up arbitrarily.
?(t+T,t0) = ?(t+T,t0 +T)?(t0 +T,t0) = ?(t,t0)?(t0 +T,t0) (4.1)
The constant matrix ?(t0 + T,t0) is often referred to as the discrete transition matrix,
monodromy matrix, or the Floquet transition matrix. It is convenient to write this matrix
as follows.
?(t0 +T,t0) =P0e?TP?10 (4.2)
43
Here, ? is a constant matrix, and P0 is also a constant, nonsingular matrix. Equation (4.1)
can now be rewritten using Equation (4.2).
?(t+T,t0) = ?(t,t0)P0e?TP?10 (4.3)
Next, define P(t) as follows.
P(t) = ?(t,t0)P0e??(t?t0) (4.4)
Evaluating Equation (4.4) at t0 gives P(t0) = P0. Using Eqs. (4.1) and (4.2), P(t) is seen
to be T periodic.
P(t+T) = ?(t+T,t0)P0e??(t+T?t0)
= ?(t,t0)P0e?TP?10 P0e??Te??(t?t0)
= ?(t,t0)P0e??(t?t0) (4.5)
=P(t)
Since ?(t,t0) is nonsingular by definition, P(t) is also nonsingular.40 Therefore, inverting
Equation (4.4) leads to a formal definition of Floquet Theory.
IfA(t) is a continuous, T-periodic matrix, then for all t ? R the state-transition matrix
for ?x=A(t)x can be written in the form
?(t,t0) =P(t)e?(t?t0)P?1(t0) (4.6)
where P(t) is a nonsingular, differentiable, T-periodic matrix and ? is a constant matrix.41
44
4.1.1 Discussion of Floquet Theorem
Note that Floquet Theory only guarantees the existence of P(t) and ?. In general,
there is no easy way to calculate ?(t,t0) for an arbitrary time-periodic system. Generally,
a numeric algorithm is used to integrate the state equation over the principal period. See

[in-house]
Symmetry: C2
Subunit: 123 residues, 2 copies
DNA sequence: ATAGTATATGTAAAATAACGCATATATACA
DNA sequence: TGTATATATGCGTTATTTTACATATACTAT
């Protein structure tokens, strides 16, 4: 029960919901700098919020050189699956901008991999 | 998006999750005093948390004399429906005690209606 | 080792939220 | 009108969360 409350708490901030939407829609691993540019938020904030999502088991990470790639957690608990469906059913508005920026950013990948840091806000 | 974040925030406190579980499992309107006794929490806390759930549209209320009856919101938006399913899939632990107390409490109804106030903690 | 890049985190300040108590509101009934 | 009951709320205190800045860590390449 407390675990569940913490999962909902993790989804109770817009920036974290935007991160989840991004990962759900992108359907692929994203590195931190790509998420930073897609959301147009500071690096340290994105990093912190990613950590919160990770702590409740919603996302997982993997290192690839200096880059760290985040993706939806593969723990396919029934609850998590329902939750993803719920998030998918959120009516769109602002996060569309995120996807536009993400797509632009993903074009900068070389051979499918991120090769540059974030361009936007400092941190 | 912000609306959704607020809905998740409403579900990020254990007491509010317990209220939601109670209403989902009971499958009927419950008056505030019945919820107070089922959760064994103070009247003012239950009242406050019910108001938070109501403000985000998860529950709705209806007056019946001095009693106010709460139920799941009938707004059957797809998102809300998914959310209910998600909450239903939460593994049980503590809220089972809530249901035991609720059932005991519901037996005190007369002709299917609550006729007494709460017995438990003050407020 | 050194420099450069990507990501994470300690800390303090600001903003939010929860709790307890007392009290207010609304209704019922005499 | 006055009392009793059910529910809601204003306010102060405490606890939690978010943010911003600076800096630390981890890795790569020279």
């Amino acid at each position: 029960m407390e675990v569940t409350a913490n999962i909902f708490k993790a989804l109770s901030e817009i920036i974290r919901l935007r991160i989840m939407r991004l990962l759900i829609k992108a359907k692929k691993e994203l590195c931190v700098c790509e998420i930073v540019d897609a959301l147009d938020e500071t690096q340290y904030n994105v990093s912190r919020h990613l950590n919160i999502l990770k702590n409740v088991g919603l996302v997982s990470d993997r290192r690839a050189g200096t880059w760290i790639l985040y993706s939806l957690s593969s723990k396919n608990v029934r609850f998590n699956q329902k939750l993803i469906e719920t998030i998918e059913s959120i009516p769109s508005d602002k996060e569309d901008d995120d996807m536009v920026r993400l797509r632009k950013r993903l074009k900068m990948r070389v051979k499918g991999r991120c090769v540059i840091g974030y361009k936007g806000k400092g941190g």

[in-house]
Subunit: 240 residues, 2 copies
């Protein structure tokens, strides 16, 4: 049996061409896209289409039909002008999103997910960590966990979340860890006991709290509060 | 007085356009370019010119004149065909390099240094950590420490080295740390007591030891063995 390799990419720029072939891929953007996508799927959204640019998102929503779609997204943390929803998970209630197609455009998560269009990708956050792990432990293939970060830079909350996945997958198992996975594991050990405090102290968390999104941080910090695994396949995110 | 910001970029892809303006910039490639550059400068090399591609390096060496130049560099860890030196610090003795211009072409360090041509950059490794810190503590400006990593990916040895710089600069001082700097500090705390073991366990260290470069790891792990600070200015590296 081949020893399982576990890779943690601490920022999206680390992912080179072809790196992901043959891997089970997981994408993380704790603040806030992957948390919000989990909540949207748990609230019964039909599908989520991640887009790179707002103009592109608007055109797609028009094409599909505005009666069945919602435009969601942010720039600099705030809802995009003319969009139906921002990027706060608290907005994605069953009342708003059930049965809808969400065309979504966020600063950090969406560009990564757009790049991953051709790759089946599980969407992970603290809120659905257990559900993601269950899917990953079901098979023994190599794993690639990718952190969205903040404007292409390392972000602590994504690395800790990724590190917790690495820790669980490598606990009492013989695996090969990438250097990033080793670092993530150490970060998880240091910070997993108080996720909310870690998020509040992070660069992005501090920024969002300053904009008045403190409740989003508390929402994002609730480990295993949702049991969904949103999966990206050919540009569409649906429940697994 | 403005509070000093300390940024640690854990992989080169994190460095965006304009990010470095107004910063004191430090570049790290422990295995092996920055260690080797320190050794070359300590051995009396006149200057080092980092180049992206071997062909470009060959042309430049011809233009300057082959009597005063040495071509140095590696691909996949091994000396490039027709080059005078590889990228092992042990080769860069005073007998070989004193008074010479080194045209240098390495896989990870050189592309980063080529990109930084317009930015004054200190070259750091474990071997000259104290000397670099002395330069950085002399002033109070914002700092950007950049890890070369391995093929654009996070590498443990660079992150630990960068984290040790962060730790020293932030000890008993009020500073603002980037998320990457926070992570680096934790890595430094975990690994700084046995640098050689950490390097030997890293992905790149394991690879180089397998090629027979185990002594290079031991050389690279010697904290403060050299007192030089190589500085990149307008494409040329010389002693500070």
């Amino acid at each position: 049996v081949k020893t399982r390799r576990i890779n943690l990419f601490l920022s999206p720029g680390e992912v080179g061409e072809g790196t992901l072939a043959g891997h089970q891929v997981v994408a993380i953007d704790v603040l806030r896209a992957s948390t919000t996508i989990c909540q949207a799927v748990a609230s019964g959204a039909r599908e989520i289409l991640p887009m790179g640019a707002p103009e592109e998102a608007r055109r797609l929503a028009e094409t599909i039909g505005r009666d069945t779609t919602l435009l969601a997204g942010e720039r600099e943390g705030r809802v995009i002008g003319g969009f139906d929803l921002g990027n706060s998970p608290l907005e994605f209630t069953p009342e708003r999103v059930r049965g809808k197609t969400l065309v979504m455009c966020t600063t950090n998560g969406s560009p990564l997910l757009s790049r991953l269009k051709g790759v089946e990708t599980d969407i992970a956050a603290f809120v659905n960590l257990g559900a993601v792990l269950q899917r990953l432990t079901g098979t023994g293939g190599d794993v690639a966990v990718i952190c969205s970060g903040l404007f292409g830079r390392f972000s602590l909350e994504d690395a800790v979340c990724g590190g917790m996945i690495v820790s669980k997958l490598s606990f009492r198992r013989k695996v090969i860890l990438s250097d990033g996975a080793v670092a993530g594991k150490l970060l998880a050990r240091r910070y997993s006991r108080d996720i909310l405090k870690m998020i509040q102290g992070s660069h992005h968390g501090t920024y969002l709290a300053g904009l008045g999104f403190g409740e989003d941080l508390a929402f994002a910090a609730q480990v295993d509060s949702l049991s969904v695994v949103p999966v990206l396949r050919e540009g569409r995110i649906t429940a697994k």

the work of Sinha et al. (e.g. References 42,43,44,45,46,47,48 and the references contained
within) for more information on numerical methods.
The previous paragraphs focused on evaluating the state transition matrix at the end
of one period, T, and in general, both P(t) and ? will be complex. It is possible to instead
evaluate the state transition matrix at the end of two periods, 2T. The resulting matrices,
L(t) and ? (analogous to P(t) and ? respectively) will now be real.
4.1.2 System Stability
The characteristic exponents, ?i, are defined as the eigenvalues of ?. The characteristic
exponents can also be referred to as Floquet exponents. The characteristic exponents are
related to the characteristic multipliers, ?i, by ?i = 1T ln|?i|. Note that the characteristic
multipliers are the eigenvalues of ?(t0 + T,t0).36 System stability can be determined by
examining the characteristic exponents or the multipliers. A necessary condition for the
existence ofT-periodic solutions is that one or more of the characteristic exponents are purely
imaginary (multiplier has modulus 1). A necessary and sufficient condition for asymptotic
stability is that all of the exponents have negative real parts (multipliers have modulus less
than one).49
4.2 Lyapunov-Floquet Theory
Lyapunov extended Floquet Theory by introducing a change of coordinates that reduces
the linear time-periodic system to a system of constant coefficients. Under the following
periodic change of coordinates.
x=P(t)z (4.7)
45
The system is reduced to the linear time-invariant form.
?z = ?z (4.8)
This decomposition implies that the solution forxis a time-periodic coordinate transforma-